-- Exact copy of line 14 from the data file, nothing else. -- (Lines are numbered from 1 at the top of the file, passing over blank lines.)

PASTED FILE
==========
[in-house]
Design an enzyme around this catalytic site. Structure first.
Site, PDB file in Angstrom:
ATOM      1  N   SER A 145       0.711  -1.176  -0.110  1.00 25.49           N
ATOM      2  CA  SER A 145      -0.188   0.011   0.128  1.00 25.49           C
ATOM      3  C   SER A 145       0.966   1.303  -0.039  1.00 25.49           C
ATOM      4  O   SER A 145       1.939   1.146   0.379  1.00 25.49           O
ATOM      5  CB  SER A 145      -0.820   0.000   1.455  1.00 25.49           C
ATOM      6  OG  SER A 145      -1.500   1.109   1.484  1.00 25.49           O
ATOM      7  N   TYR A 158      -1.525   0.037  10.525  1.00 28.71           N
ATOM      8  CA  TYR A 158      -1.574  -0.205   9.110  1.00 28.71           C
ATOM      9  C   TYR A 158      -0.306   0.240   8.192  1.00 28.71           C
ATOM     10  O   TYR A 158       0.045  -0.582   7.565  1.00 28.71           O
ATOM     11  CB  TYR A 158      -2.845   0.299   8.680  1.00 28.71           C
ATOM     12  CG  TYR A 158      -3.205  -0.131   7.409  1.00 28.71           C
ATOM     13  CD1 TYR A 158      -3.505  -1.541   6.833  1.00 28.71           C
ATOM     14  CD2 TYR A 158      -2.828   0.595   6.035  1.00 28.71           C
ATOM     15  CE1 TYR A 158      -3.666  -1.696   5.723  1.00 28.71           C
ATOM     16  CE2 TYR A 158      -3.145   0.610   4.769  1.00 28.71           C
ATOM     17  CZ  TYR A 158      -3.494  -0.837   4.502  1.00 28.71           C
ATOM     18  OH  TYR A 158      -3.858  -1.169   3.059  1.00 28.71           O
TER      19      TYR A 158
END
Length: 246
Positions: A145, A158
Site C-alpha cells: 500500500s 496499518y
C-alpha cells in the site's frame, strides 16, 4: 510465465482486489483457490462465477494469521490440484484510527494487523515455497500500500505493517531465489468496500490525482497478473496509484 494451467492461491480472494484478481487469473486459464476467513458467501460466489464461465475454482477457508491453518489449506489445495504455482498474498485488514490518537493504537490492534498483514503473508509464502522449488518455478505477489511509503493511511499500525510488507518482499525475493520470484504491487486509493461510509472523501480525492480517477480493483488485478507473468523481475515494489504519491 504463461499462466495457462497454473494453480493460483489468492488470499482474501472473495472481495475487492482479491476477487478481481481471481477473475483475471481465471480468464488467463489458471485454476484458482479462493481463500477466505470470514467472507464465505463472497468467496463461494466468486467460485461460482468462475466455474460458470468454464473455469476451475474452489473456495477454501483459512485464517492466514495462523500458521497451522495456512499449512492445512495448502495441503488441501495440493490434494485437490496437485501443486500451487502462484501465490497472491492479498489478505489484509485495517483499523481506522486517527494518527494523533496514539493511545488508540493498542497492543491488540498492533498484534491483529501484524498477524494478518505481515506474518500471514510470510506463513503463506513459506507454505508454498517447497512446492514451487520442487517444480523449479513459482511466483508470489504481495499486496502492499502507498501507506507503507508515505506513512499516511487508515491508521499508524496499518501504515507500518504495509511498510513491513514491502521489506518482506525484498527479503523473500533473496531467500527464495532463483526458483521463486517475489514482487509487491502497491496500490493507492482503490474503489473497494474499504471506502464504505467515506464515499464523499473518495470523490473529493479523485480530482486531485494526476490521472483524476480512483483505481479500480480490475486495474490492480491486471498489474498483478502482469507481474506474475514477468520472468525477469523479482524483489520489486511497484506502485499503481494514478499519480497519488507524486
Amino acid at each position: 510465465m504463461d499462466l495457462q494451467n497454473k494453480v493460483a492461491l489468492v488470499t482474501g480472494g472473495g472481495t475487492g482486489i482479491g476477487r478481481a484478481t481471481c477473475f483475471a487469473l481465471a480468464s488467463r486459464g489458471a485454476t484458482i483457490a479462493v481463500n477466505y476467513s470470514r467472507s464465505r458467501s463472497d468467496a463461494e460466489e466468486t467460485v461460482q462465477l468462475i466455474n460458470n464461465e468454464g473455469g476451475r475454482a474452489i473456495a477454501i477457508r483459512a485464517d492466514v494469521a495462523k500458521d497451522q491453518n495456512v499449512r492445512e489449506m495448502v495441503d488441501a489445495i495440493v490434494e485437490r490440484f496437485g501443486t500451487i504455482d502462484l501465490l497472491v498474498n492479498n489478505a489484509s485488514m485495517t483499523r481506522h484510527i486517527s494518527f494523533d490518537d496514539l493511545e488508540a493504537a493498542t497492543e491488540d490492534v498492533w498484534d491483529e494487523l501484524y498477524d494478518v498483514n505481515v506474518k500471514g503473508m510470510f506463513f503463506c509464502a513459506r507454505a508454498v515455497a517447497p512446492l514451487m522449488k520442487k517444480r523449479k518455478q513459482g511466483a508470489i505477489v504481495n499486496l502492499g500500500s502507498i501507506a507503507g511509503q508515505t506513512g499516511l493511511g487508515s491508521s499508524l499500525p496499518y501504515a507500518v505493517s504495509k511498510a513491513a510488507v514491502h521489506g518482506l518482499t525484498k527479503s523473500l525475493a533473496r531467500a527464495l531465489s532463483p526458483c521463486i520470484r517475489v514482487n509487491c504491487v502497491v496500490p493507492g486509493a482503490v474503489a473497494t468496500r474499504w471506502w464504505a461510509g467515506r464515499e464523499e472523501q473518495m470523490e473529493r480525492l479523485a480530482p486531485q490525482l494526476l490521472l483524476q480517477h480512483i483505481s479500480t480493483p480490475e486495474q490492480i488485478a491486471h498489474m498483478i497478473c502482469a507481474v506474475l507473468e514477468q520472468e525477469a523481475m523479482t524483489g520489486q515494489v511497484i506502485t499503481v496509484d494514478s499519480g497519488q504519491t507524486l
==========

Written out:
ATOM     11  CB  TYR A 158      -2.845   0.299   8.680  1.00 28.71           C